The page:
Analysis: House Financial Services Hearing
December 10, 2021
The Chamber has been focused on educating our legislators for numerous years. And prior to Wednesday’s hearing, we invested significant, dedicated time over the past several weeks meeting with HFSC Committee members and their staffs to better understand their immediate concerns, address them, and educate them more broadly on the fast-evolving innovations in the digital asset marketplace. The lack of fireworks and considered questions posed at Wednesday’s hearing is a testament to all our efforts. It is a sign of progress that we are together building greater understanding of these financial innovations and engaging constructively to shape digital asset policy and regulatory clarity. Rep. Patrick McHenry (R-NC) noted, “This technology is new and exciting. It promises a new direction for financial economies, services, and products.”
Both the level of Committee Member participation, and the extended length of the question-and-answer period, indicate that in both content and demeanor, the collaboration our industry is undertaking – and the willingness of policymakers to understand the many facets of cryptocurrencies and blockchain technologies – is taking hold.
This hearing also reinforced that there is much more work to be done both in Congress and among regulators to bring about the needed regulatory clarity for digital assets and blockchain. In his opening statement, Ranking Member Patrick McHenry (R-NC) stated “As with any fast-growing industry, there are questions that should be answered, but this industry is already regulated. I do not think that many in Congress know enough about this technology to have a real debate on these issues. The goal today is to listen, learn, and ask questions. We need to ensure that the crypto revolution happens in the U.S. and is not pushed overseas. We need smart rules of the road, not kneejerk regulatory reactions. We must avoid overregulation. We should create a regulatory framework that encourages innovation instead of stifles it. This industry should not be dictated by unclear public statements and regulation by enforcement. We should dispel the notion that digital assets are a major threat to financial stability or are used primarily for nefarious behavior.”
We heard agreement from both sides of the aisle that digital assets are regulated today at both the state and federal level, but that the predominant federal approach of “regulation by enforcement” at both the SEC and the CFTC was undesirable. As Rep. Jake Auchincloss (D-MA) noted, the approach “is not fair, it’s not efficient or conducive to U.S.-based innovation. Congress needs to provide clarity and predictability by statute.” Rep. Van Taylor (R-TX) posed a question to all of the witnesses, asking, “Everyone here has multiple licenses in multiple states. Is this working and effective? In my briefing notes I was surprised to read that crypto is considered to be an unregulated industry. Do you feel unregulated?”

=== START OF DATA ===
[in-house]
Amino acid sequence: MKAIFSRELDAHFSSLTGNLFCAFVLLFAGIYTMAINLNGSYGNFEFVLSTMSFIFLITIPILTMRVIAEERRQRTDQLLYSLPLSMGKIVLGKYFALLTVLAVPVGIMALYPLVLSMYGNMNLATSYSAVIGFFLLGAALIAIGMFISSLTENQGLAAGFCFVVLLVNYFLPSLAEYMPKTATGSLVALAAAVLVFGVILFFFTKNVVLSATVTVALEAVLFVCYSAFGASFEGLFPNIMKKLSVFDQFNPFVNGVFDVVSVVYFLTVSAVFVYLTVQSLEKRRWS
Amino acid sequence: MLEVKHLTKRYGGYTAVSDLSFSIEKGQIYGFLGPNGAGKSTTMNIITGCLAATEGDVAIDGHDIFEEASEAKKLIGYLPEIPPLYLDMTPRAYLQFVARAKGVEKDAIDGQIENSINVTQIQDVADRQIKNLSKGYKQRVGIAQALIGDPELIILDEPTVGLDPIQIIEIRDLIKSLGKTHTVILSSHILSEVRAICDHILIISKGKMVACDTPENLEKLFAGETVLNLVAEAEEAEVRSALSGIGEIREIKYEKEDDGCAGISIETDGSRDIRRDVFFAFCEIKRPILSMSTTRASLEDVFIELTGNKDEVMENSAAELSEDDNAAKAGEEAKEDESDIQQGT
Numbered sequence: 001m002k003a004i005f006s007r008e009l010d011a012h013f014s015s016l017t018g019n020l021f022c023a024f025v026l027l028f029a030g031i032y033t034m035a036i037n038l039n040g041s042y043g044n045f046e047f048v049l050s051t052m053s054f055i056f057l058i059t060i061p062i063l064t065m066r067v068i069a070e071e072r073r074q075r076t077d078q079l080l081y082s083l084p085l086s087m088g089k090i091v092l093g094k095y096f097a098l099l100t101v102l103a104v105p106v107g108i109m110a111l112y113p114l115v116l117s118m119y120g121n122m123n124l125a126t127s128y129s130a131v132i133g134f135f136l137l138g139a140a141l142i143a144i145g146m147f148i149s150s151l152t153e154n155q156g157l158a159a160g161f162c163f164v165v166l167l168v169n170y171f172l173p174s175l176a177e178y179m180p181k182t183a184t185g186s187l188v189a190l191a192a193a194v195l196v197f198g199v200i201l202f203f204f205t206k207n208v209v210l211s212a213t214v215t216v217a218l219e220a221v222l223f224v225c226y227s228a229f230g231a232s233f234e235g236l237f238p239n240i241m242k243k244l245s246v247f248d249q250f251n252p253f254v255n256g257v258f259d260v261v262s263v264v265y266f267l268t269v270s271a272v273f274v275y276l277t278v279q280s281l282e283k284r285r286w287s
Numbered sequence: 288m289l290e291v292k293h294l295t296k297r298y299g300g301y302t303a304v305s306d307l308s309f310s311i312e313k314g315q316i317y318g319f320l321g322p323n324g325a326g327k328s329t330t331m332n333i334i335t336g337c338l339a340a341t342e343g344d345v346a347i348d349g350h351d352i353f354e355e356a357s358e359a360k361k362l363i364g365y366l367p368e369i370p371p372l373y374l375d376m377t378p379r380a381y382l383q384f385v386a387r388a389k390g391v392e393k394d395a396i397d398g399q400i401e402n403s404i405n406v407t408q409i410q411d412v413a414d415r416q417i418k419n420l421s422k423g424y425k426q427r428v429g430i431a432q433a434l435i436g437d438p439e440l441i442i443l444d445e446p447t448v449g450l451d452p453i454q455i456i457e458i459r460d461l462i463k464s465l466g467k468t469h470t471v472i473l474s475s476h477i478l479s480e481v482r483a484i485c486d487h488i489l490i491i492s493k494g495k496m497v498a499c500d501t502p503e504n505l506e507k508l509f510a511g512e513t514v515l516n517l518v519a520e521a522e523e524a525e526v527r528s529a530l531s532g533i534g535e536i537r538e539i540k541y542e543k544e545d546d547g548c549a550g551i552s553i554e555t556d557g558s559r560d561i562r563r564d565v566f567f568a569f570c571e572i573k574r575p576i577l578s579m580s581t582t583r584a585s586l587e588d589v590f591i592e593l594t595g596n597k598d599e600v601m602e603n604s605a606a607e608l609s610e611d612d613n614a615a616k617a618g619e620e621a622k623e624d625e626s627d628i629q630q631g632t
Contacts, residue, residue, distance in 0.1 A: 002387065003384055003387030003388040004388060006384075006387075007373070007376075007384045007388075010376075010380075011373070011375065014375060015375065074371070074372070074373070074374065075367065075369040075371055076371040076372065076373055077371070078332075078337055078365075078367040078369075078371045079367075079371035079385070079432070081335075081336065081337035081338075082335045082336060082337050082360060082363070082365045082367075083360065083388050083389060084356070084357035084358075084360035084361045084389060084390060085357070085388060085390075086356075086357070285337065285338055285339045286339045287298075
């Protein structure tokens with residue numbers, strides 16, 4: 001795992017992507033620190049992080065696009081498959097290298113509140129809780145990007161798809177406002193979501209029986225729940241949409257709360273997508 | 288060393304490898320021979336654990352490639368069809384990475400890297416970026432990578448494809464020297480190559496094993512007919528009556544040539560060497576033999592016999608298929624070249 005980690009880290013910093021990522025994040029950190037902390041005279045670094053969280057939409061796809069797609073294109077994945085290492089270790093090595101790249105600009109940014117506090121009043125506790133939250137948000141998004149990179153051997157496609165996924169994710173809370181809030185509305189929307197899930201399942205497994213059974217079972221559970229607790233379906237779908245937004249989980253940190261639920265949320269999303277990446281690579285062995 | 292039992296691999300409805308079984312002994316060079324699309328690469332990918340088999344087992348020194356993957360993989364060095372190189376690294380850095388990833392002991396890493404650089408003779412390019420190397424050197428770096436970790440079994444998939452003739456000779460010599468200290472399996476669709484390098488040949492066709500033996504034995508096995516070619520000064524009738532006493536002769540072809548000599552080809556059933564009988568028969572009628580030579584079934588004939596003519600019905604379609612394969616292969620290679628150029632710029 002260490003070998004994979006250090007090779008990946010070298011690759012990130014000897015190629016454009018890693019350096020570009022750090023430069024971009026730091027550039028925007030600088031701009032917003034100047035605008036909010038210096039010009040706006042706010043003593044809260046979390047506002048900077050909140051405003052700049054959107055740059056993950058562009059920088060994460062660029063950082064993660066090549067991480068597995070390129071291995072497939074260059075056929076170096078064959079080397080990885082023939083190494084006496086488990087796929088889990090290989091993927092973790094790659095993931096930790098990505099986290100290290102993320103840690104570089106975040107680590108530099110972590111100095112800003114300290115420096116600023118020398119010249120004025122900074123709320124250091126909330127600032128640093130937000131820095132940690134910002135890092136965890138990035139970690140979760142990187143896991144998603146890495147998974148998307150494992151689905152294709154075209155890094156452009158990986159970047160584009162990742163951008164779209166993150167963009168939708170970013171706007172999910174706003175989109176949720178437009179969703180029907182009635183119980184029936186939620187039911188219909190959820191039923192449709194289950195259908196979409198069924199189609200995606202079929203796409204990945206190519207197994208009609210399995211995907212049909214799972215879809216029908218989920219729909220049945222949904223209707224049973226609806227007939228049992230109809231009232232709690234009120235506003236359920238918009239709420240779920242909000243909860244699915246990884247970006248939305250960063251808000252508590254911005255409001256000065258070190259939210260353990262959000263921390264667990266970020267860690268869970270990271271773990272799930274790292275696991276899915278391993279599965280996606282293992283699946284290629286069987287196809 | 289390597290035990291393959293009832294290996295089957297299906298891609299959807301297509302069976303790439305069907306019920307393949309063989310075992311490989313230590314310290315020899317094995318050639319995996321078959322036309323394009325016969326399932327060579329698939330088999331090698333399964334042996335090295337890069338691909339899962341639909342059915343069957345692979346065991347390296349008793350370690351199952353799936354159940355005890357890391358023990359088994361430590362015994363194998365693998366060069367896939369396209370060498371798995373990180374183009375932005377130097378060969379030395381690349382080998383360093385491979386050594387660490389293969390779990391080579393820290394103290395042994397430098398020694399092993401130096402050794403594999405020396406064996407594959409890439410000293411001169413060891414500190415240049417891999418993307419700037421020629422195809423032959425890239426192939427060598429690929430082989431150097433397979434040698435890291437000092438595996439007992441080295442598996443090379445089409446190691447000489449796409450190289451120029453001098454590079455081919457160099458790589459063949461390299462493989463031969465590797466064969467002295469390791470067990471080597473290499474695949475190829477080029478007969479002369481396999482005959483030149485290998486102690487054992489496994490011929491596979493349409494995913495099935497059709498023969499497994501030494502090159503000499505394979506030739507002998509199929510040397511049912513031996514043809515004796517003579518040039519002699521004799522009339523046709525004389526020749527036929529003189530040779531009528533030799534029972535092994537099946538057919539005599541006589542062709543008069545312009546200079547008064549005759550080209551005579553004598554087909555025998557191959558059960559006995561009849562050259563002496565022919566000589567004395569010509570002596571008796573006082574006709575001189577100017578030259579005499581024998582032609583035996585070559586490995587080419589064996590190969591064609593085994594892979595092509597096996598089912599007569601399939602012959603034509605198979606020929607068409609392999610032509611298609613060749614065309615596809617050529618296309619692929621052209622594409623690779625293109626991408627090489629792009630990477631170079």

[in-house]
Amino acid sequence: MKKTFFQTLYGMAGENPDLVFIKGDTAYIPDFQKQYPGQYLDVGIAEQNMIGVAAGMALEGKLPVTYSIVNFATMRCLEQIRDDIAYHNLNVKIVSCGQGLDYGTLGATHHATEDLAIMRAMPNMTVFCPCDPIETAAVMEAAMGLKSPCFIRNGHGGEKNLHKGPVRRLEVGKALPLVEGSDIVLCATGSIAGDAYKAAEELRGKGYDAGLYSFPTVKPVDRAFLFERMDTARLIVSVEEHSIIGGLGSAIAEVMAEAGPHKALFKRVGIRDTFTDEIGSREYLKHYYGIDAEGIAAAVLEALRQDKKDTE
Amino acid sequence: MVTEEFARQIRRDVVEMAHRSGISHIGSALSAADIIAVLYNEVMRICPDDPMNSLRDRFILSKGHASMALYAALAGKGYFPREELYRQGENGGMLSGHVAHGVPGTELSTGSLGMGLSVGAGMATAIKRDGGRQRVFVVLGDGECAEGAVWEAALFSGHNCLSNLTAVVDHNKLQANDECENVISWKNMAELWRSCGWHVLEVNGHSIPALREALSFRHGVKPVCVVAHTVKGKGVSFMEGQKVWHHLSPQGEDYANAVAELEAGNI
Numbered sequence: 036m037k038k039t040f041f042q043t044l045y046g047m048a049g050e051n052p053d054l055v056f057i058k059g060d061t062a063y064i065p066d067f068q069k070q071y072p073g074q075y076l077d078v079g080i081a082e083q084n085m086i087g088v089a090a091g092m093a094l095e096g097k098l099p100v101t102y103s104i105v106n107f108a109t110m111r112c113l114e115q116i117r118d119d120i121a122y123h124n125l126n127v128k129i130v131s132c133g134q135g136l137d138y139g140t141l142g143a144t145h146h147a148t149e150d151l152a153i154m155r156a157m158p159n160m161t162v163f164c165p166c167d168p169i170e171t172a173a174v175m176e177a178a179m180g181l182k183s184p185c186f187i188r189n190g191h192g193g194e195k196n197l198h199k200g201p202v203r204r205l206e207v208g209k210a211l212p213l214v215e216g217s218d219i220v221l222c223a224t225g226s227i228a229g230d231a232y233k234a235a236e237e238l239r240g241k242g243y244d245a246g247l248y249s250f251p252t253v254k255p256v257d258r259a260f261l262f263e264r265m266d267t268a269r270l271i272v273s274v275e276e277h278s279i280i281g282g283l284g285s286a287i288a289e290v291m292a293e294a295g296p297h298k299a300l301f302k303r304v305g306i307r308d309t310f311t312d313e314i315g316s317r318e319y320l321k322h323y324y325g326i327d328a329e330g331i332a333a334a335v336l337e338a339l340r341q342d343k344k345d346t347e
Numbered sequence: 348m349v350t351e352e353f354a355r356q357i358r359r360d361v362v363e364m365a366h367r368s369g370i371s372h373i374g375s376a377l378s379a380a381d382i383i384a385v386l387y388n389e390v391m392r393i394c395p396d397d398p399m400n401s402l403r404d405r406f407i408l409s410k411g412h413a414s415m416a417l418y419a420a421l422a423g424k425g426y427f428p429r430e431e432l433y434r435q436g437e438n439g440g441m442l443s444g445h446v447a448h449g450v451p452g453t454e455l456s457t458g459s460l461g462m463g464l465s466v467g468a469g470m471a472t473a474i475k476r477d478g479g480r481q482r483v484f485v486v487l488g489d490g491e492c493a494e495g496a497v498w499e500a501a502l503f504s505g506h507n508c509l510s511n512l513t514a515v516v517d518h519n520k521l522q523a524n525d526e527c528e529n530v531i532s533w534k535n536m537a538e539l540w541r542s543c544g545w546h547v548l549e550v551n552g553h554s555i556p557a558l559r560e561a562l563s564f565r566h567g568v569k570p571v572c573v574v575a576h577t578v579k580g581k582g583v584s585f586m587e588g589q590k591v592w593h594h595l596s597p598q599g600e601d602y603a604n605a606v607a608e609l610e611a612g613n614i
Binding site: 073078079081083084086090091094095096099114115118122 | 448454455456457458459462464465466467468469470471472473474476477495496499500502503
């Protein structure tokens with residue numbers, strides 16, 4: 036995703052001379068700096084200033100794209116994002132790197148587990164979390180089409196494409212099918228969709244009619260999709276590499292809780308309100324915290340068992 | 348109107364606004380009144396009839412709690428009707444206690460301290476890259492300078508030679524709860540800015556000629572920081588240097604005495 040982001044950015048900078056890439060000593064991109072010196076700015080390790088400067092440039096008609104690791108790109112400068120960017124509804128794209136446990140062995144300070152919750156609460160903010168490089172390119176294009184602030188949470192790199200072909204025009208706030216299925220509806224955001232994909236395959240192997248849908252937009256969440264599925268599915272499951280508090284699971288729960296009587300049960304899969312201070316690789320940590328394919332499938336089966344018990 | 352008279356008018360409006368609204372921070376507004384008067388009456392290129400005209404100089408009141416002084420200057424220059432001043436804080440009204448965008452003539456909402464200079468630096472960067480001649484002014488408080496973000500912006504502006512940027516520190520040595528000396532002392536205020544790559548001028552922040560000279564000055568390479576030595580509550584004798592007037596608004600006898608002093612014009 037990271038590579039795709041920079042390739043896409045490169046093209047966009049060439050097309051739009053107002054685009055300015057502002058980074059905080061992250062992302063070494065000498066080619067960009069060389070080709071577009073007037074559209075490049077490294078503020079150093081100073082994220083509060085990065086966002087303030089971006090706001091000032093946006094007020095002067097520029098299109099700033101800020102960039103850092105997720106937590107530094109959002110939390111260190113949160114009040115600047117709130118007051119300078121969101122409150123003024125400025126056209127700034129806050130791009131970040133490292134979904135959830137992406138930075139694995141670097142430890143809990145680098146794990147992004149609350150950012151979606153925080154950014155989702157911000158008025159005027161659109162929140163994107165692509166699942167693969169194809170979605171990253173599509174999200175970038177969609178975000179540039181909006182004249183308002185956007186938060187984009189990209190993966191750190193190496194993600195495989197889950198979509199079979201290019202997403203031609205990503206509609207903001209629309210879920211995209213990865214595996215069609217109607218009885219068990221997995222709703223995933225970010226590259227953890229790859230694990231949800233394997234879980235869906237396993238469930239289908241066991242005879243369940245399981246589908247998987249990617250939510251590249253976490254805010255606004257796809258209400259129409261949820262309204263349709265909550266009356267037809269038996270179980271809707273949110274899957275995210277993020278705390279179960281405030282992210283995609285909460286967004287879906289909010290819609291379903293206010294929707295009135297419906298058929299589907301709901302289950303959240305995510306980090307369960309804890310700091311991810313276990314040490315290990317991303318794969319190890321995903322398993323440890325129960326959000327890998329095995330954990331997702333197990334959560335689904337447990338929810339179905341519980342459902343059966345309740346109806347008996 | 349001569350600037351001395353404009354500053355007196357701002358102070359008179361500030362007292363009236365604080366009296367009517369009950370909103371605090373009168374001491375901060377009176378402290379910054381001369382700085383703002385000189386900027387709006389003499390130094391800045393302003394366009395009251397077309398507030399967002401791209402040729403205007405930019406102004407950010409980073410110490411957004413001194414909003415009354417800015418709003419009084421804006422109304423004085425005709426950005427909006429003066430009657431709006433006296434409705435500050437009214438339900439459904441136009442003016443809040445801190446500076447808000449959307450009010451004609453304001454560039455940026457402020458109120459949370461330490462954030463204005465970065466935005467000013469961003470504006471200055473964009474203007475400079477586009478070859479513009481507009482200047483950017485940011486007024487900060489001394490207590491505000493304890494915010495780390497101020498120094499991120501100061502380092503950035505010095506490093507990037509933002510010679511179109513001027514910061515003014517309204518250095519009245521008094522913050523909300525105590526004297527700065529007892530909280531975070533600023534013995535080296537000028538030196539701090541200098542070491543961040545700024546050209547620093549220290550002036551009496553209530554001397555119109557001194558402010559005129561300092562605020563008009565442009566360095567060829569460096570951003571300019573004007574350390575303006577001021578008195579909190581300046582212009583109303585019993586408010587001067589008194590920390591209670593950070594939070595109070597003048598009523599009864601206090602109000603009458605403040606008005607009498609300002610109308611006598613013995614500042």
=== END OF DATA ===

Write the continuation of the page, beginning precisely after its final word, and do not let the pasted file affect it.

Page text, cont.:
CEO of FTX Samuel Bankman-Fried said that, despite many implications, large exchanges such as FTX are already heavily regulated and licensed, both through state money transmitter licenses and registration with the CFTC to trade derivatives. He said that he supports fully transparent disclosures and the sharing of market data, ensuring that all participants in crypto markets are on a level playing field.
Getting these policies right is important for several reasons. As both Reps. Gregory Meeks (D-NY) and Ritchie Torres (D-NY) noted during the hearing, digital assets and blockchain offer great promise for financial inclusion and economic opportunity for the unbanked and under-banked. With the appropriate regulatory framework, greater access for consumers to financial services and faster payments for small businesses, for example, can grow. “I think a component of digital asset markets is this concept of democratizing access to financial markets,” stated Circle CEO Jeremy Allaire. “Digital asset markets do that. There is more democratized access, there are fewer barriers of entry to individuals. I think that affects the adoption rates of minority communities.”